By LEONARD SPARKS
WASHINGTON (March 18, 2009) - A funk settled over Winnefred Frolik in 2004 as she grew worried about global warming, poverty and hunger.
But after graduation from the University of Pittsburgh, Frolik found a cure: a five-month stint as a parks volunteer in New Hampshire followed by three years volunteering with AmeriCorps.
"I decided, instead of feeling bad about everything, why don't I try and do something productive about it?" said the 28-year-old Silver Spring resident, who works with disabled adults in Rockville.
That spirit of doing is at the heart of a major rewrite of national volunteer programs approved by the House Wednesday, 321-105. The bill is called the GIVE Act—Generations Invigorating Volunteerism and Education Act—in the House. In the Senate it's known as the Serve America Act.
Legislators acting on President Obama's call for a rededication to service are enhancing programs, including those for disadvantaged youth, and adding veterans' service. They say the legislation will triple the number of AmeriCorps volunteers and reenergize a country dispirited by the flagging economy.
Supporters gathered outside the Capitol Wednesday to urge passage of the House version of the bill. Among them were key lawmakers and dozens of volunteers from around the region.
"He (Obama) has inspired another generation of Americans to do what John Kennedy asked all of us in my generation to do—to ask not what our country can do for us but what we can do for our country," said House Majority Leader Steny Hoyer, D-Mechanicsville.
"We can and we must recognize that spirit, help it grow and direct it toward the most productive outlets, especially now, when the talents and enthusiasm of Americans is essential to helping us end an economic crisis."
The bill's supporters estimate that it will more than triple—from 75,000 to 250,000—the number of volunteers with AmeriCorps, a national service program providing volunteers for constructing affordable housing, mentoring, tutoring and maintaining parks and streams, among other things.
The proposal also creates fellowships as an incentive for baby boomers and retirees to enter service and establishes a summer program that rewards middle- and high-school students who volunteer with $500 toward college.
The revamping also includes new service corps in four policy areas: improving access to health care, increasing graduation rates, improving services to veterans and promoting energy efficiency and conservation.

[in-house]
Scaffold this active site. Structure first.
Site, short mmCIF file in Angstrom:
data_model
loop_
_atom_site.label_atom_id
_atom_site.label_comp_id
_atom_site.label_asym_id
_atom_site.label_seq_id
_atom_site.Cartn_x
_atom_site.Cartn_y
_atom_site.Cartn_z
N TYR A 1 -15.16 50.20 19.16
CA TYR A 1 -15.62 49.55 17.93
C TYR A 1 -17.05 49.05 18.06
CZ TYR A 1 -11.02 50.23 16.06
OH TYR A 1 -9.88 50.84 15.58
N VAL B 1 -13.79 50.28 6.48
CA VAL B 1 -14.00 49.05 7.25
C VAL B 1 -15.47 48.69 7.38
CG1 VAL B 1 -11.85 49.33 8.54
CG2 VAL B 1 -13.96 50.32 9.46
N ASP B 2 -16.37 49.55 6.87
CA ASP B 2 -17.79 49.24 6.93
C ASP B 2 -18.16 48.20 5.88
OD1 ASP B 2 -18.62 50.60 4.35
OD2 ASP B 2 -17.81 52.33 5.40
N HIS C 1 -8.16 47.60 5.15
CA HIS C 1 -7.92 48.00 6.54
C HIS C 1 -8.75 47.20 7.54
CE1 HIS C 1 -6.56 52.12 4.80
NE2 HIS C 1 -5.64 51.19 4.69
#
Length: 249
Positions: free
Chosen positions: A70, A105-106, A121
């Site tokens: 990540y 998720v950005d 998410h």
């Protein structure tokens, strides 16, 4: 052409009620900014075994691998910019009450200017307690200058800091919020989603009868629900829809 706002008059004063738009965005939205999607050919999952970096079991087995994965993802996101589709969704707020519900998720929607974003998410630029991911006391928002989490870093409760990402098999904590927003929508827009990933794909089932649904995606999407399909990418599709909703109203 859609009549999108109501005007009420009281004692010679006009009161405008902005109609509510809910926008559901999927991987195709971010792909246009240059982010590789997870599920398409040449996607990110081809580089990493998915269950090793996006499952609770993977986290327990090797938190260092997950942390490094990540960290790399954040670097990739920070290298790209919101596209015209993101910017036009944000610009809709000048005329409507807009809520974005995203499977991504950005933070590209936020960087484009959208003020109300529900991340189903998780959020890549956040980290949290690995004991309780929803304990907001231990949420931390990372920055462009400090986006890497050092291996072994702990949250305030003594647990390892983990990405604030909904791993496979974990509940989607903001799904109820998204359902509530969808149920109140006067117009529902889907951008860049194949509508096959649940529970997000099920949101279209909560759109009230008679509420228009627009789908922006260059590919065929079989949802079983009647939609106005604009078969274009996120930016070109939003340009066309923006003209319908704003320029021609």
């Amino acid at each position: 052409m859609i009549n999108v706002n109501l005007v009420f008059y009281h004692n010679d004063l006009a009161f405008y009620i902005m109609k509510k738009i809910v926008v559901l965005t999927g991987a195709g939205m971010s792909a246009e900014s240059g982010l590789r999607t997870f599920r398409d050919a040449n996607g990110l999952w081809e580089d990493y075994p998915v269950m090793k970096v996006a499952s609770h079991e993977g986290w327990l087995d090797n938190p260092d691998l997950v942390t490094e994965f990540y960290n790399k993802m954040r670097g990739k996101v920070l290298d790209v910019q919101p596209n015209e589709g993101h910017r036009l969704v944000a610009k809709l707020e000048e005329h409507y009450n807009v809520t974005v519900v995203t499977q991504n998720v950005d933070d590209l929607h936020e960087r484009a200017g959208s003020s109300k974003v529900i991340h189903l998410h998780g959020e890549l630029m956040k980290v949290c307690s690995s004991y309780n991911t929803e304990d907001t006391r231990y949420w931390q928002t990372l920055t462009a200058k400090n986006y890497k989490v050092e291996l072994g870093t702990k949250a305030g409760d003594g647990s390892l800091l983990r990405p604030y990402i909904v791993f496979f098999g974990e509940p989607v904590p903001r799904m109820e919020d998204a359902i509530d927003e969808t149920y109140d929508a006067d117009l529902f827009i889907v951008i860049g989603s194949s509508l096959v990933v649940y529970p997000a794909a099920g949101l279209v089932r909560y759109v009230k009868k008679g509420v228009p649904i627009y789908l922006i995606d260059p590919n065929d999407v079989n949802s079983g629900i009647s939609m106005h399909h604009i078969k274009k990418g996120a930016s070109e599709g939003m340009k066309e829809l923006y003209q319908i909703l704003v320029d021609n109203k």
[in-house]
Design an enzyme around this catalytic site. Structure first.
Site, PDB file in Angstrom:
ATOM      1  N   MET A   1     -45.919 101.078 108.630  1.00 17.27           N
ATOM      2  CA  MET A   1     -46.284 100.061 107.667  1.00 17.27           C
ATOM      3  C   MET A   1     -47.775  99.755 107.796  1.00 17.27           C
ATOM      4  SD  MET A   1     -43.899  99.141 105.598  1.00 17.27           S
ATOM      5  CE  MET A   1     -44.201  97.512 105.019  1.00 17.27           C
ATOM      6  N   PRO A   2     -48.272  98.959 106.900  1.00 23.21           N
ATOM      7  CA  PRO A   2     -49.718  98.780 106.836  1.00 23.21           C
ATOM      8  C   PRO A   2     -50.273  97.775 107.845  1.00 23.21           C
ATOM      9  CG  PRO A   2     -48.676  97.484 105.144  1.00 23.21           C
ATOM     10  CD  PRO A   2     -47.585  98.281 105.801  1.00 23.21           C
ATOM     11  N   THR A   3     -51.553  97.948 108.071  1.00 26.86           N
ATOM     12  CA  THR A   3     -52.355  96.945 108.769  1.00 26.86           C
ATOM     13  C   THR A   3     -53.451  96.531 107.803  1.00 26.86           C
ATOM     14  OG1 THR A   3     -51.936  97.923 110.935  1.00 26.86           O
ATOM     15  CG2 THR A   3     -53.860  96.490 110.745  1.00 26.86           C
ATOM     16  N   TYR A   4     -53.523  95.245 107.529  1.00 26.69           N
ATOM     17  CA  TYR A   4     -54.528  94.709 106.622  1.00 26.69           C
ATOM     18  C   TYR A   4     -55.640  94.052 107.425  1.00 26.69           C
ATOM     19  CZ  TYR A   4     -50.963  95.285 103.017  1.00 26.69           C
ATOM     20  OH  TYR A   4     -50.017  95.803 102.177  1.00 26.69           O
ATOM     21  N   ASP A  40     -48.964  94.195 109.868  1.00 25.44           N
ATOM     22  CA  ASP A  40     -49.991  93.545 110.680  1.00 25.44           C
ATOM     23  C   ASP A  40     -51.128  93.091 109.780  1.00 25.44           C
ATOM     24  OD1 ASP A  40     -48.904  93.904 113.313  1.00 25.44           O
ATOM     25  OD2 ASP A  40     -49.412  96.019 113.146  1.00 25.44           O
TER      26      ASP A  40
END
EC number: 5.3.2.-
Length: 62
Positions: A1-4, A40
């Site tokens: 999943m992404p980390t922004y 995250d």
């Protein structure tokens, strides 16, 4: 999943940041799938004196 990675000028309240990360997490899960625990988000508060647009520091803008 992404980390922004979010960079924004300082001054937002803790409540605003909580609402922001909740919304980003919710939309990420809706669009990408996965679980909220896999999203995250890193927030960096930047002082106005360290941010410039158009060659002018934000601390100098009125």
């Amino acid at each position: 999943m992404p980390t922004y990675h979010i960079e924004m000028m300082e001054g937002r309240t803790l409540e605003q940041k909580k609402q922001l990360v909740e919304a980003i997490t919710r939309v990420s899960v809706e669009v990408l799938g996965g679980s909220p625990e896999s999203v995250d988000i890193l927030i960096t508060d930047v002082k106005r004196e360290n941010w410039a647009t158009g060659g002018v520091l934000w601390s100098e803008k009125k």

Sen. Barbara Mikulski, D-Md., expects the full Senate to vote on its version next week.
"We have the makings of really getting something done," Mikulski said.
California Rep. George Miller, chairman of the House Education and Labor Committee, said the legislation builds a "continuum of care."
"We know what service to America means. We know what AmeriCorps means. We know what the Conservation Corps means," Miller said. "In fact, they showed up at Katrina before the government. They came to the Iowa floods this last year and gave over 800,000 hours of volunteer time."
Rep. Carolyn McCarthy, a New York Democrat who is the bill's chief sponsor, predicted that the proposal would unite communities if approved.
"People are going to get to know each other," she said. "They're going to get to know their neighbors better."
Retired Army Capt. Scott Quilty, who lost his right arm and leg to an explosion in Iraq, said the support he received from volunteers "saved my life."
The New Hampshire native is now U.S. programs manager for the Washington, D.C.,-based Survivor Corps, whose work includes peer support for veterans returning from Iraq and Afghanistan.
"I know firsthand that no one survives alone," Quilty said. "Service doesn't have to end when we hang up the uniform."
For Frolik, service did not end after the parks assignment, despite the mosquitoes and the bronchitis she fought the first week on the job.
AmeriCorps placed her with YMCA Youth and Family Services in Montgomery County from 2007 to 2008. She now works with the Jewish Foundation for Group Homes in Rockville, where she assists adults with developmental disabilities.
The work brings her in contact with "amazing people," Frolik said.
"It gives you a greater sense of community," she said. "More of a perspective that we're all in this together—that it's not just about you."
Capital News Service reporter Maren Wright contributed to this report.